Bank loan

Argentina says it has reached an initial agreement for a $44.5 billion loan from the IMF and pledges to reduce its deficit

Argentina has struck an initial deal with the International Monetary Fund worth $44.5 billion as part of efforts to stabilize its economy and refinance an earlier loan with the Washington-based organization.

Argentina has pledged to slowly reduce its budget deficit and reduce central bank financing of the Treasury as part of an economic program discussed with the IMF, Economy Minister Martin Guzman said. The deal would give Argentina a grace period of at least four and a half years before starting to pay down its debt, he said.

“We have reached the best deal possible,” Guzman said in Buenos Aires.

The deal, which still needs to be approved by the country’s congress and the IMF’s board, would help refinance more than $40 billion in outstanding debt Argentina owes the lender after a record bailout in 2018.

It also provides new funding and sets the first framework for an economic plan under President Alberto Fernandez, who chose to govern through short-term policies.

The announcement sets the stage for Argentina to sign its 22nd loan with the international lender, after public disagreements between members of the ruling coalition last week raised questions about whether the nation would default on its biggest creditor.

A deal will help Argentina avoid an even worse economic crisis as the country battles inflation of more than 50%.

Bonds due in 2030 soared as high as 3 cents — the biggest one-day gain since the notes were issued in September 2020 — before falling to 33 cents on the dollar. These price levels show how deeply the country’s debt remains in trouble.

The benchmark Merval stock index rose 2.9%, the second-best global return on Friday, led by banks and energy companies.

“We suffered a problem and now we have a solution,” Fernandez said Friday in a speech from the presidential residence in Olivos, on the outskirts of Buenos Aires.

“We will be able to access new funding precisely because this agreement exists.”

In a separate statement, the IMF said it had reached agreement “on key policies”, including the country’s fiscal trajectory, monetary policy and the reduction of energy subsidies as a means of closing its budget deficit.

Staff at the lender will continue to work with government officials in the coming weeks to reach a staff-level agreement, he said.

“The devil is in the details, and there’s still a lot we don’t know,” said Daniel Marx, a former finance secretary and founder of Buenos Aires-based consulting firm Quantum Finanzas.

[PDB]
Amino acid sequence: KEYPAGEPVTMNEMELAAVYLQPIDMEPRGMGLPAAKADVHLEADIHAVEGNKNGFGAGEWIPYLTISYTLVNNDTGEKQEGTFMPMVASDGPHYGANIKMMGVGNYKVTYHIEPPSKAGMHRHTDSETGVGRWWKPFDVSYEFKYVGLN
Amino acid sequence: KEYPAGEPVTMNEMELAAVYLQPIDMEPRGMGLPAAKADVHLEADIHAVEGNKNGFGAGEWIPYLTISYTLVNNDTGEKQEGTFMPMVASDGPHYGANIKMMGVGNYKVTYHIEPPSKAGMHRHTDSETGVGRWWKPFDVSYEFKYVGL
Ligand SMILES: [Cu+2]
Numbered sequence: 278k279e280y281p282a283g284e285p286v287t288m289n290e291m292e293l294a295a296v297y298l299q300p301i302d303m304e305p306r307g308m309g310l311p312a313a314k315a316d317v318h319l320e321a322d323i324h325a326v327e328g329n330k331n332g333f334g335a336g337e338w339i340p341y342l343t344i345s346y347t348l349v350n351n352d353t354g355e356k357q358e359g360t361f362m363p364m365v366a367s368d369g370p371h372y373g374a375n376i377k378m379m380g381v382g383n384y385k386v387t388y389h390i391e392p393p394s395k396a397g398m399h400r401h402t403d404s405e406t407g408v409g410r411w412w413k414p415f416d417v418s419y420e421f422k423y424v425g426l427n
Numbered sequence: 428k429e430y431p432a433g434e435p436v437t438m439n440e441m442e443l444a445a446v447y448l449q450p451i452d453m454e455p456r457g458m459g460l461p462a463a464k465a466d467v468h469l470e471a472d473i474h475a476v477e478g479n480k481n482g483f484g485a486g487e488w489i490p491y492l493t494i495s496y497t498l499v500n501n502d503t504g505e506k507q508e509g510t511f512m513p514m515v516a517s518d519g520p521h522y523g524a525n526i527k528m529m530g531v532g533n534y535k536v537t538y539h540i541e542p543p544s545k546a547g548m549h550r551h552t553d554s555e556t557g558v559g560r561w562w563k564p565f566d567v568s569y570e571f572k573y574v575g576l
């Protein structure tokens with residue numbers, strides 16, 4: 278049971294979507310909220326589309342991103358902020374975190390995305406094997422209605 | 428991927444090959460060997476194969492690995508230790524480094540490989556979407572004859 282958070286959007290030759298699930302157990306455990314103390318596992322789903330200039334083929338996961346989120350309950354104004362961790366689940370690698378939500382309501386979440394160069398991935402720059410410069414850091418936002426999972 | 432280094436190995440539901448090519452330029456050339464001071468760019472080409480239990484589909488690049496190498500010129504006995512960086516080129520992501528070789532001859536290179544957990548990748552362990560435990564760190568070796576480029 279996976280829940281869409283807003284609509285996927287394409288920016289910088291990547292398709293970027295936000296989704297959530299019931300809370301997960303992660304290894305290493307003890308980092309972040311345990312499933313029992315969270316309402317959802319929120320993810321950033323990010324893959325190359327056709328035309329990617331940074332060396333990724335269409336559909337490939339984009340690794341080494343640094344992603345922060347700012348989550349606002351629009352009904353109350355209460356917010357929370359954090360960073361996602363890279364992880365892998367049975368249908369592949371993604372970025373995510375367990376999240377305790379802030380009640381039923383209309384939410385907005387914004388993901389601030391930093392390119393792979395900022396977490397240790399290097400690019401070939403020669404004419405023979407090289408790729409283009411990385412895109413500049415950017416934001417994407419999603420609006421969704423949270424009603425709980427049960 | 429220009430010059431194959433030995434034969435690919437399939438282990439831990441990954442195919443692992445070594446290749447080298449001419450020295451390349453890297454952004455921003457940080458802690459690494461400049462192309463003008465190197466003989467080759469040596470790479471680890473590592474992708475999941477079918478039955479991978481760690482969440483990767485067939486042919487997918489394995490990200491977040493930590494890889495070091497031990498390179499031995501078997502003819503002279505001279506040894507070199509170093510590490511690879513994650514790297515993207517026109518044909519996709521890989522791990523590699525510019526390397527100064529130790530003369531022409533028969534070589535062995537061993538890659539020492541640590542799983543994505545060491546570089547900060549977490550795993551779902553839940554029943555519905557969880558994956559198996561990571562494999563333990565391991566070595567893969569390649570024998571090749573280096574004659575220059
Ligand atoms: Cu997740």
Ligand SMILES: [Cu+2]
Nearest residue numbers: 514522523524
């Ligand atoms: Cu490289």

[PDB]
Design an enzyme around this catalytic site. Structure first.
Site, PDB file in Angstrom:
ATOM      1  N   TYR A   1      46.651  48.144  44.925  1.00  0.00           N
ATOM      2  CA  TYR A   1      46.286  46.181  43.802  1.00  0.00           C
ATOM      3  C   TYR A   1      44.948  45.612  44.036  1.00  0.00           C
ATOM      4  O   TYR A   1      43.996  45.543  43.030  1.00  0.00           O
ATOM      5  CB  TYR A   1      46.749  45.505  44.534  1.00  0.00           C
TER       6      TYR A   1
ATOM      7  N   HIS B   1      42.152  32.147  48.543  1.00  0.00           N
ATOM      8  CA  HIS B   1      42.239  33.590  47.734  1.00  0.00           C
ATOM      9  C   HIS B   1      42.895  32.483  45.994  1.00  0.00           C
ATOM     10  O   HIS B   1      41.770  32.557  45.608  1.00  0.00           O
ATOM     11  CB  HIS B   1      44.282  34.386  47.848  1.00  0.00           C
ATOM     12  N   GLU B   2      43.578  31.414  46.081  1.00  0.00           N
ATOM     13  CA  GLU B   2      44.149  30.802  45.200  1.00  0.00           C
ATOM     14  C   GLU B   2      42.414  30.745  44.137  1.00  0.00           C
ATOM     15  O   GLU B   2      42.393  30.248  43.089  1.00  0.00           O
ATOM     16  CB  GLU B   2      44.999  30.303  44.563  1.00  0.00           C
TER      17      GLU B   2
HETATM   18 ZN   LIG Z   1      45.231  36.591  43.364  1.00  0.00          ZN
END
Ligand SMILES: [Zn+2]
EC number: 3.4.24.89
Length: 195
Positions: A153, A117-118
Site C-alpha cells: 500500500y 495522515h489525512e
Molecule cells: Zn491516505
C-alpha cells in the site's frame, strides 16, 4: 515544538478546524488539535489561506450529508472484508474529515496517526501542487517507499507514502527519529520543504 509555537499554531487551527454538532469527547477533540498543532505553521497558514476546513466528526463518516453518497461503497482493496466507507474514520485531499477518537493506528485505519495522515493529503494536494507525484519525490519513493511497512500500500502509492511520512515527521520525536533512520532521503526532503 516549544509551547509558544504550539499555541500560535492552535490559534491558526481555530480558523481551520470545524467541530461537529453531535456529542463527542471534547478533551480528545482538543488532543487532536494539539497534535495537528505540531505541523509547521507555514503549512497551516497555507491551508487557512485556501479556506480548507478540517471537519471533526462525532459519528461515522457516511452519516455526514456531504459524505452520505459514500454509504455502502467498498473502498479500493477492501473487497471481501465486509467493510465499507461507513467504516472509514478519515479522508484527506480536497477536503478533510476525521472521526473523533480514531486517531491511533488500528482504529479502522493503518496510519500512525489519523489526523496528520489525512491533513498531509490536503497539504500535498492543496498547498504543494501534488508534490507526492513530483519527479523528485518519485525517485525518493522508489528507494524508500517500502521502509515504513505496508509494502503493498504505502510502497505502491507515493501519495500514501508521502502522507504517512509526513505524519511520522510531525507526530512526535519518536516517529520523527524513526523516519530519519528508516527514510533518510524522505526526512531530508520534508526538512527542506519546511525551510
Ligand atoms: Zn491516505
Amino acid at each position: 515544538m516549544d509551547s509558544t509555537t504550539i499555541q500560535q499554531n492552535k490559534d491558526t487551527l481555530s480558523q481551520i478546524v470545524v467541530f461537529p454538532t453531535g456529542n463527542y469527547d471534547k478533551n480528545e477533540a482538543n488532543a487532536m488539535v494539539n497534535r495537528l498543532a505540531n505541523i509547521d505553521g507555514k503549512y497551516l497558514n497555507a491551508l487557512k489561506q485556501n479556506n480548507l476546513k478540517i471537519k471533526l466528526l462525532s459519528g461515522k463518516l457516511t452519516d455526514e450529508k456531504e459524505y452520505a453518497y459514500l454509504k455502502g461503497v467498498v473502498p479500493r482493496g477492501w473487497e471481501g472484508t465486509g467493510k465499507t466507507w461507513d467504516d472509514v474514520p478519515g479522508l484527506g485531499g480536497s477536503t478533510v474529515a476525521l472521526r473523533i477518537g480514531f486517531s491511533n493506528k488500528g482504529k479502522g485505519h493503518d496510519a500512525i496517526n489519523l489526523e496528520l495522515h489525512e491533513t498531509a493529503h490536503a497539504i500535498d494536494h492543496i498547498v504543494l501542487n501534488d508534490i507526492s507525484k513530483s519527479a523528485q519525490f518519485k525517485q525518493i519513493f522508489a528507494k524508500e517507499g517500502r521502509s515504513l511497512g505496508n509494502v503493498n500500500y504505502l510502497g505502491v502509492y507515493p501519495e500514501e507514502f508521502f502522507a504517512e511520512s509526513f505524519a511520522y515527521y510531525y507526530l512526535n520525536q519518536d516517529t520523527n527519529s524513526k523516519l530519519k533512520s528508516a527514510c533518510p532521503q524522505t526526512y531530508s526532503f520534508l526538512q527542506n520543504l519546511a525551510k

IMF staff also told board members at an informal briefing on Friday that the two sides have agreed on the goal of achieving primary fiscal balance in 2025, according to a report. source.

In his presentation, Mr. Guzman only sketched the trajectory of spending through 2024.

He also said the country would maintain its foreign exchange policy and not quickly devalue its currency. The Argentine peso is worth less than half its official price in the unregulated foreign exchange markets that Argentines use to circumvent capital controls, a policy criticized by the IMF.

This is clearly a step in the right direction. But as with all IMF deals with Argentina, this one is fraught with implementation risks

Edwin Gutierrez, portfolio manager at Aberdeen Asset Management

Argentina made a $717 million payment due to the IMF on Friday, a source said.

The pledges that underpin the economic deal will last two and a half years under a 10-year financing agreement, known as the Extended Financing Facility, Guzman said, without providing details on the timeline. debt refund.

The deal does not include labor reform or the privatization of state-owned enterprises, he said.

“The plan assumes the Treasury will eventually fund itself through the local market, which might be achievable,” Marx said.

Approval of the deal is not guaranteed, especially on the Argentinian side.

Mr. Fernandez’s 2022 budget proposal was rejected in December by a new congress. His ruling coalition lost its majority in the Senate after being defeated in November’s midterm elections.

If the deal is approved, Argentina must meet program fiscal targets and pass quarterly reviews with IMF staff to continue receiving debt relief.

It is a difficult task with the presidential election next year and a divided ruling coalition after its defeat in the midterm elections.

“It’s clearly a step in the right direction,” said Edwin Gutierrez, portfolio manager at Aberdeen Asset Management in London. “But as with all IMF agreements with Argentina, this one is fraught with implementation risks.”

Updated: January 29, 2022, 1:58 p.m.